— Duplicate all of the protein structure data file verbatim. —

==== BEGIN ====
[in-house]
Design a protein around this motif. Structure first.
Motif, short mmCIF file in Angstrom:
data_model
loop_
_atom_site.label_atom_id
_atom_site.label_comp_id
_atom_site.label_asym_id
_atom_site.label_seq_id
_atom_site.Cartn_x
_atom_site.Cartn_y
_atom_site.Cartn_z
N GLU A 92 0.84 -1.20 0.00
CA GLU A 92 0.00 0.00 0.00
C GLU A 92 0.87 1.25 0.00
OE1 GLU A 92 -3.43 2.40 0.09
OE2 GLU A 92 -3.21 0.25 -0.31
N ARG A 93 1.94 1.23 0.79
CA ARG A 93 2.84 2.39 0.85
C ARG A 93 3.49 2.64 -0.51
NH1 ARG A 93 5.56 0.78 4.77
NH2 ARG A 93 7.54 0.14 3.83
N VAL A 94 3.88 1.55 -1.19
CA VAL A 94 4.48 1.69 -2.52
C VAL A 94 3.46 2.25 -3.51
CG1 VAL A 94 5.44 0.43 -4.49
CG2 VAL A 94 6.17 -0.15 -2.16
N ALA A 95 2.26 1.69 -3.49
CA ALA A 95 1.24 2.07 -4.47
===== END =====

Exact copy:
[in-house]
Design a protein around this motif. Structure first.
Motif, short mmCIF file in Angstrom:
data_model
loop_
_atom_site.label_atom_id
_atom_site.label_comp_id
_atom_site.label_asym_id
_atom_site.label_seq_id
_atom_site.Cartn_x
_atom_site.Cartn_y
_atom_site.Cartn_z
N GLU A 92 0.84 -1.20 0.00
CA GLU A 92 0.00 0.00 0.00
C GLU A 92 0.87 1.25 0.00
OE1 GLU A 92 -3.43 2.40 0.09
OE2 GLU A 92 -3.21 0.25 -0.31
N ARG A 93 1.94 1.23 0.79
CA ARG A 93 2.84 2.39 0.85
C ARG A 93 3.49 2.64 -0.51
NH1 ARG A 93 5.56 0.78 4.77
NH2 ARG A 93 7.54 0.14 3.83
N VAL A 94 3.88 1.55 -1.19
CA VAL A 94 4.48 1.69 -2.52
C VAL A 94 3.46 2.25 -3.51
CG1 VAL A 94 5.44 0.43 -4.49
CG2 VAL A 94 6.17 -0.15 -2.16
N ALA A 95 2.26 1.69 -3.49
CA ALA A 95 1.24 2.07 -4.47